NHTSA

The Federal Communications Commission just quintupled the allocation of the radio spectrum for motor vehicle use, a move paving the way for advanced, self-driving car innovation, Reuters reported. But what do driverless cars have to do with radio frequencies? A lot, it turns out.

Cars rely on a variety of radars, sensors and lasers that operate on the FCC-controlled airwaves to predict autonomous braking, detect blind spots, produce lane change warnings and signal for other road obstructions.

Many consumer vehicles already employ these features, since the FCC already approved a smaller portion of the spectrum to cars in 1995.

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Cars of the future take it one step further. One day, cars will use this radio spectrum to send and receive advanced data and signals related to roadside conditions. Coined “connected cars,” these vehicles could end up sending information to other cars, the surrounding infrastructure and even objects like you’re phone.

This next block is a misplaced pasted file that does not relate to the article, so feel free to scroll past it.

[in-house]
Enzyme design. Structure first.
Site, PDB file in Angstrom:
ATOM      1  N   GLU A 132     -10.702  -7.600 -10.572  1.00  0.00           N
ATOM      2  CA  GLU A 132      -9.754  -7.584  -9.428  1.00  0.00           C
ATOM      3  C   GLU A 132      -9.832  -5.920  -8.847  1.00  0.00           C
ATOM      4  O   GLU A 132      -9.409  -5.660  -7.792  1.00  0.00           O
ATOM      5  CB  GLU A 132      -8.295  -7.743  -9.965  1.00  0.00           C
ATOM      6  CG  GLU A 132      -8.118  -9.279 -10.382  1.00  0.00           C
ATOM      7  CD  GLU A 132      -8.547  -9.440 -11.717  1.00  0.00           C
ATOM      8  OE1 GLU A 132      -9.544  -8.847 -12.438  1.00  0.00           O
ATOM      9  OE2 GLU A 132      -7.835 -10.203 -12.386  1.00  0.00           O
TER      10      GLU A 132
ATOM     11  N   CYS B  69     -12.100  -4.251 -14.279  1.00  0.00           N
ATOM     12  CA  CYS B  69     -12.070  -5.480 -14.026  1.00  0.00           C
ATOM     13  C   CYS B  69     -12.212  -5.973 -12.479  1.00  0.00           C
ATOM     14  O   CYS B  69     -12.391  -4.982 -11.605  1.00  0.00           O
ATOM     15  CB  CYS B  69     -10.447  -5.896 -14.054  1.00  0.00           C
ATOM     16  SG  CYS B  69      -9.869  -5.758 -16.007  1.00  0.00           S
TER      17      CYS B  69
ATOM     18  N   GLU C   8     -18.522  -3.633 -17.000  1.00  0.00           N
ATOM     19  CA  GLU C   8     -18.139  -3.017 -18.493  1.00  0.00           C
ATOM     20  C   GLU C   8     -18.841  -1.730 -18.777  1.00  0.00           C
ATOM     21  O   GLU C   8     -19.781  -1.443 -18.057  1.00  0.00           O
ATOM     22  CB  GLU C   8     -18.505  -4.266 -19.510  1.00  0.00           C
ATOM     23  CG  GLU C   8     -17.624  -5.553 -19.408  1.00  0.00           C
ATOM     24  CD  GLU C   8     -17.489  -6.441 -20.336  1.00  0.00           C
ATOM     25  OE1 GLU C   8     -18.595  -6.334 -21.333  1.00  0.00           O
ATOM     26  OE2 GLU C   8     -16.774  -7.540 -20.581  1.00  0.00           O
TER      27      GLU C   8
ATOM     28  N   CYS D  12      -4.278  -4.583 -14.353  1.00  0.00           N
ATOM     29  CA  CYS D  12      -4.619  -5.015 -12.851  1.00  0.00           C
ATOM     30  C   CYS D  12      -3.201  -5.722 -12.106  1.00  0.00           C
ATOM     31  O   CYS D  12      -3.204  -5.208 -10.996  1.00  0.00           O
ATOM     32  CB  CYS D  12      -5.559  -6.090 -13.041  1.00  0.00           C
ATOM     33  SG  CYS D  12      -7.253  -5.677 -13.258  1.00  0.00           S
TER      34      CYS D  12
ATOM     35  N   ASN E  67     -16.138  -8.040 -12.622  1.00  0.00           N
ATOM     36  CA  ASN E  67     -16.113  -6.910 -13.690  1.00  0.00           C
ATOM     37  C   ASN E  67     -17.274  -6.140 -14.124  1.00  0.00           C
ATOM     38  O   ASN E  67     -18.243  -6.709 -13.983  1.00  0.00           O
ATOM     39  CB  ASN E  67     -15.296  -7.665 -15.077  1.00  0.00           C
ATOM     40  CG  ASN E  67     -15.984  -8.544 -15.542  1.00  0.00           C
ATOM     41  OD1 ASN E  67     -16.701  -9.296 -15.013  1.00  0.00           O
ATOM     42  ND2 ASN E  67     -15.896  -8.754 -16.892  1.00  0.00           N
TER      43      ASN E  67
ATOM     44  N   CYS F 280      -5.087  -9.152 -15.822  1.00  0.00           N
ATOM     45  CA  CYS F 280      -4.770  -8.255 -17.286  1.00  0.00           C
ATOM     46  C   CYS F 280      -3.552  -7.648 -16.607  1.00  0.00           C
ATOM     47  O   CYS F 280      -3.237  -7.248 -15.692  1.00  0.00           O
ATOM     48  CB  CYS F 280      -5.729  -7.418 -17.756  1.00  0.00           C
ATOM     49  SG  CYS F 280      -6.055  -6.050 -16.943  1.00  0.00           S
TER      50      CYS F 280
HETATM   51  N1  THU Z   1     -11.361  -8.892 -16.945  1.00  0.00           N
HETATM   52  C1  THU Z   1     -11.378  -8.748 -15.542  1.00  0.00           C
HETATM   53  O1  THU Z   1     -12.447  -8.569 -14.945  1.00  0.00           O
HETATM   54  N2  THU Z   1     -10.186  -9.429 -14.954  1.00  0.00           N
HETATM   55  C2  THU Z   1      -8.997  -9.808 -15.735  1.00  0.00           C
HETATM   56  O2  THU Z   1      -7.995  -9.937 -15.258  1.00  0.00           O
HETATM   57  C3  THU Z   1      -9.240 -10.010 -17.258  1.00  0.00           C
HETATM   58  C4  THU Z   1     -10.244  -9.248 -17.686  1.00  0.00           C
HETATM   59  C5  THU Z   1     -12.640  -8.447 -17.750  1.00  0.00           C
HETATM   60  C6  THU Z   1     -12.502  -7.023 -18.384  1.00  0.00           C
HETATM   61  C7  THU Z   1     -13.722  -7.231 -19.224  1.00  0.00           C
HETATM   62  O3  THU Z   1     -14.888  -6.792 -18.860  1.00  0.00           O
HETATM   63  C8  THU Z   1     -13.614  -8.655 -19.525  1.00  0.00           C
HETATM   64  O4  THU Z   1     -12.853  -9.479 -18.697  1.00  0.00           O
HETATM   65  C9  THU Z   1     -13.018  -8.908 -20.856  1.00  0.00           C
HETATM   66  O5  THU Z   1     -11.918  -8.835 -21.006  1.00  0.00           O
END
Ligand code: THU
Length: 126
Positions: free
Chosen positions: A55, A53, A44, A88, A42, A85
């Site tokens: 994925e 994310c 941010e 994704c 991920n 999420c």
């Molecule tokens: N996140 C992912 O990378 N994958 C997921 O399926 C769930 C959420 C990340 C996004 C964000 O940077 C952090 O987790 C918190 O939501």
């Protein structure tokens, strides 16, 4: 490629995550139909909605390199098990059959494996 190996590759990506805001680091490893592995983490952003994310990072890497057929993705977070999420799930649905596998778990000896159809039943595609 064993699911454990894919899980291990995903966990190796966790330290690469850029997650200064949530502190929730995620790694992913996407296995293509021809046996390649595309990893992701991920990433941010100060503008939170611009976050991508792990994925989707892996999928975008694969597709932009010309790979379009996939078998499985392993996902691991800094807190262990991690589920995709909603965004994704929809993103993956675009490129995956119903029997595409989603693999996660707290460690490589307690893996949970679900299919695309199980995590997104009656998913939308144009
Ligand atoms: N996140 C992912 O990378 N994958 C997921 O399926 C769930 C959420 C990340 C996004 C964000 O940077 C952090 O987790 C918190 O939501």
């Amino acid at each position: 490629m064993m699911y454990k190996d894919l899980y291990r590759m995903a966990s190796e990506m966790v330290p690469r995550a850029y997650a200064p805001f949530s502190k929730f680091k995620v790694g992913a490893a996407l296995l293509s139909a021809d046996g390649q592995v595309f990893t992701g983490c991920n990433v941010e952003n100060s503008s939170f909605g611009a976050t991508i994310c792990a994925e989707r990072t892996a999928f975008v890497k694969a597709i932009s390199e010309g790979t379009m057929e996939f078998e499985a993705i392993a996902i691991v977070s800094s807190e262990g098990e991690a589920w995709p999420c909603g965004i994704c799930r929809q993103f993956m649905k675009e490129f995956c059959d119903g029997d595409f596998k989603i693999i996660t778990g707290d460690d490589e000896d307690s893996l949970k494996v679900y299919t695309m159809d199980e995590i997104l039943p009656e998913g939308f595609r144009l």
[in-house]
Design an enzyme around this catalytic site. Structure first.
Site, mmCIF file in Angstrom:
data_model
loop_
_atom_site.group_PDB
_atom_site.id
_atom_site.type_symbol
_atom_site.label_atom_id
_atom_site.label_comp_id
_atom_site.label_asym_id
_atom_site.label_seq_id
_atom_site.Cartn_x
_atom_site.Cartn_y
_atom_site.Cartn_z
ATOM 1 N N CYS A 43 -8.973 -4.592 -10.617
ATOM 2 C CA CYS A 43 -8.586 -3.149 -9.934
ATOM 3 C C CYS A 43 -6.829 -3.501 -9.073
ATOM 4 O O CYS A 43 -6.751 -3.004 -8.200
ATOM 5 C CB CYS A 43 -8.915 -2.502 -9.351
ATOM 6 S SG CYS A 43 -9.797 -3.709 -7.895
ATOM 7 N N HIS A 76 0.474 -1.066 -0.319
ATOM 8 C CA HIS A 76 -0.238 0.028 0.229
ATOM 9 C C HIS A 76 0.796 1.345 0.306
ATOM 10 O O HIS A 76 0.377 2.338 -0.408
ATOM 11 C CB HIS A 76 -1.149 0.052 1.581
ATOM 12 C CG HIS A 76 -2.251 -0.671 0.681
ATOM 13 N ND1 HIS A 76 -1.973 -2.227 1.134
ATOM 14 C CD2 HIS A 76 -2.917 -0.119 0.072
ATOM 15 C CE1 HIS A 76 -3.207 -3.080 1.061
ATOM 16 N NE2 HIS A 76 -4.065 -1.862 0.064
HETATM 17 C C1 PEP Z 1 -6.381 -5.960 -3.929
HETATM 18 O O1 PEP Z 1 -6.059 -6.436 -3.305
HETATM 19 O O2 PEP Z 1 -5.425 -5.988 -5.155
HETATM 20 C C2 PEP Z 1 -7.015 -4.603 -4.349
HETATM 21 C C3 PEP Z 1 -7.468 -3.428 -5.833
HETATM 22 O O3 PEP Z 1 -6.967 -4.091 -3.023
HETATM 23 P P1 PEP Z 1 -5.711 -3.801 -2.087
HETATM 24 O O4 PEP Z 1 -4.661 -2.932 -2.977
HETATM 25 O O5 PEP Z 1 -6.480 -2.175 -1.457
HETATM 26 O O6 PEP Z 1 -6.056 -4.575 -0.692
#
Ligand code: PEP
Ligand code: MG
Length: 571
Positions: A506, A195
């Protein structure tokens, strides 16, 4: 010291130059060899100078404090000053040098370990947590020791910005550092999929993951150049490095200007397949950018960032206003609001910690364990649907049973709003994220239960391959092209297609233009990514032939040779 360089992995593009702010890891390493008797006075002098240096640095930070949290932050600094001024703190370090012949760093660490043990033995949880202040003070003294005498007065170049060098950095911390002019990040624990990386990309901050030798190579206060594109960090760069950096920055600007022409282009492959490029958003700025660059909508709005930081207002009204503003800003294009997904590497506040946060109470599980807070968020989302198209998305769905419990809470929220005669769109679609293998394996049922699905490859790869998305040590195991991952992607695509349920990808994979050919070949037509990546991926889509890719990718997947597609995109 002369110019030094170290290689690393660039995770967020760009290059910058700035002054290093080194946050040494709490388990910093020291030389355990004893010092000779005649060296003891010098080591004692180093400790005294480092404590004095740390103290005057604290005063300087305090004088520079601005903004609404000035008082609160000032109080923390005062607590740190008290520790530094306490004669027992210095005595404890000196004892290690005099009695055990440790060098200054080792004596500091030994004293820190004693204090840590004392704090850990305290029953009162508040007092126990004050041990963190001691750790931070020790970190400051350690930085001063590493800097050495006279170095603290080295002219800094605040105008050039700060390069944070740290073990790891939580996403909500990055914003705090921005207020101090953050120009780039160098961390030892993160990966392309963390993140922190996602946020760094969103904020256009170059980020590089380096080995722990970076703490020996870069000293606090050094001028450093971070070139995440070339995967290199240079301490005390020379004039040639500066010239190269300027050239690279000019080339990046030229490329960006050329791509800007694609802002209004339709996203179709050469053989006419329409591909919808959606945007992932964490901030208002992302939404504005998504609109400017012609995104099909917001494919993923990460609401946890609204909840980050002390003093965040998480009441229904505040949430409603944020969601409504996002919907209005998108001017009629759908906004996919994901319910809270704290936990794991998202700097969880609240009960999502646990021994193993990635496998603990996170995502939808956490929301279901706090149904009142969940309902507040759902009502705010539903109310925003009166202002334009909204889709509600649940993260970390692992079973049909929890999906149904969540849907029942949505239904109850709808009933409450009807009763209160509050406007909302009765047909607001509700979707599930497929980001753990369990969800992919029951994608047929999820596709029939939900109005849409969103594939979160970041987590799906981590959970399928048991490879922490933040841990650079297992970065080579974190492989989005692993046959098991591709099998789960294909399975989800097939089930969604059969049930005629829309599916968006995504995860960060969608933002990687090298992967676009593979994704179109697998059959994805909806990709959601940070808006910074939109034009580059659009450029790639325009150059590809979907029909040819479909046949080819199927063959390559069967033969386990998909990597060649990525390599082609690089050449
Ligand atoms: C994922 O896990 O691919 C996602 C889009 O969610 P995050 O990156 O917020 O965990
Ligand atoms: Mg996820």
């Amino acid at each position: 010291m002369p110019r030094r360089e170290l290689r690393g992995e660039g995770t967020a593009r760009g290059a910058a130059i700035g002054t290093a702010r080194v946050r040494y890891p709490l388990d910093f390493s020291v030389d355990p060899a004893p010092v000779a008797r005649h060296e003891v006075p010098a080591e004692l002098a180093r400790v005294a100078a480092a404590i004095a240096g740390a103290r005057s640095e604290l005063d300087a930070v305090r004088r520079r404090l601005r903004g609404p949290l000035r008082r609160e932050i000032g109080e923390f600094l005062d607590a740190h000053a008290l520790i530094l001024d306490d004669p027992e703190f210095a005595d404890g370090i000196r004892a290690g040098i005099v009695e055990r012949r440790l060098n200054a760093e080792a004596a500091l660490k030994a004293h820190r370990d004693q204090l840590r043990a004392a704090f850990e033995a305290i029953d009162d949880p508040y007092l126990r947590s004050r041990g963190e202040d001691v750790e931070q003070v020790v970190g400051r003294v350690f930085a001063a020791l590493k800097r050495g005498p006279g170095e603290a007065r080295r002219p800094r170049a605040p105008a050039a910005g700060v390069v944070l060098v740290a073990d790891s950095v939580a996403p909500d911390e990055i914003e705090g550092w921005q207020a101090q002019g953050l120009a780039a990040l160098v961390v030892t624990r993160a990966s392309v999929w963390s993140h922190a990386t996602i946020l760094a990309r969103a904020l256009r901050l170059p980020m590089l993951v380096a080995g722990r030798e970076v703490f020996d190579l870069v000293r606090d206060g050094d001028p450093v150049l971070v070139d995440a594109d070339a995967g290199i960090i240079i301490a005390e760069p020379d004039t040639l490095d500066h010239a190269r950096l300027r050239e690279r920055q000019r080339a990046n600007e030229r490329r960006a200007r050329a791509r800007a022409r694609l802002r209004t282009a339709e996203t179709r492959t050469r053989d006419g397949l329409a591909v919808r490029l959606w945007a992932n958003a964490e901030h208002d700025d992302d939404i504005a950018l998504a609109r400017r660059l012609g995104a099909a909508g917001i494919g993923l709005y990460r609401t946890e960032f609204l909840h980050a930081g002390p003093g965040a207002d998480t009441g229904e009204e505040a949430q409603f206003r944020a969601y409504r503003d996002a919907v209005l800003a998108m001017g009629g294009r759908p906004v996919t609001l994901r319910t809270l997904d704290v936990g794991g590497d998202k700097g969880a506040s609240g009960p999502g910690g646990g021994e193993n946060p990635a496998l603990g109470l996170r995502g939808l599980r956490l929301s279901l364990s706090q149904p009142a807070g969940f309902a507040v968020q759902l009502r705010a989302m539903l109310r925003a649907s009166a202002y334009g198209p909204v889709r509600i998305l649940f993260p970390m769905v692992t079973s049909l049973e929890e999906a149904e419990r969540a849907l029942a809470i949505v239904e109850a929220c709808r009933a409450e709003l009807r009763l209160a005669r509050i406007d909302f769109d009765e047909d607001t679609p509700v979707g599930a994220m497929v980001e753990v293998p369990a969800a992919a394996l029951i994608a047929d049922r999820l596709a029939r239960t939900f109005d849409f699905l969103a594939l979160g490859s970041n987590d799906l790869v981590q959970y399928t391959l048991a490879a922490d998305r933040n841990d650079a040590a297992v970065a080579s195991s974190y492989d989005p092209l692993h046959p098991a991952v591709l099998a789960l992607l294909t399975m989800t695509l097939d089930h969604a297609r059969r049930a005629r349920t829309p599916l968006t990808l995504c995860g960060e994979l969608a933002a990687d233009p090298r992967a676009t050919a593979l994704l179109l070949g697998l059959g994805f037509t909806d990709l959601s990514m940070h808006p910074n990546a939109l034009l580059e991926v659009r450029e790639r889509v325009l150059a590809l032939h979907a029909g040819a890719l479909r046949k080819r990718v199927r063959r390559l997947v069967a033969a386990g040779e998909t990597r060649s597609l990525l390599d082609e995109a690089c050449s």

If done correctly, the National Highway Traffic Safety Association predicts connected cars could prevent up to 80 percent of non-impaired crashes, including crashes at intersections or while changing lanes. The perceived safety benefit is so great, the U.S. Department of Transportation suggested requiring all cars be connected by 2023.

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After Thursday’s ruling, automakers get five gigahertz of the spectrum to experiment rather than just one. The move also makes the U.S. spectrum uniform to that in Europe, preventing developers from needing to make different sensors for different places and allowing for faster deployment in the states. Differing standards worldwide are an expensive hurdle in the car industry, tripping up everything from crash structures to how turn signals blink.

Though the FCC’s getting a lot wrong in advancing innovation, at least it’s taking a backseat in driverless car communication.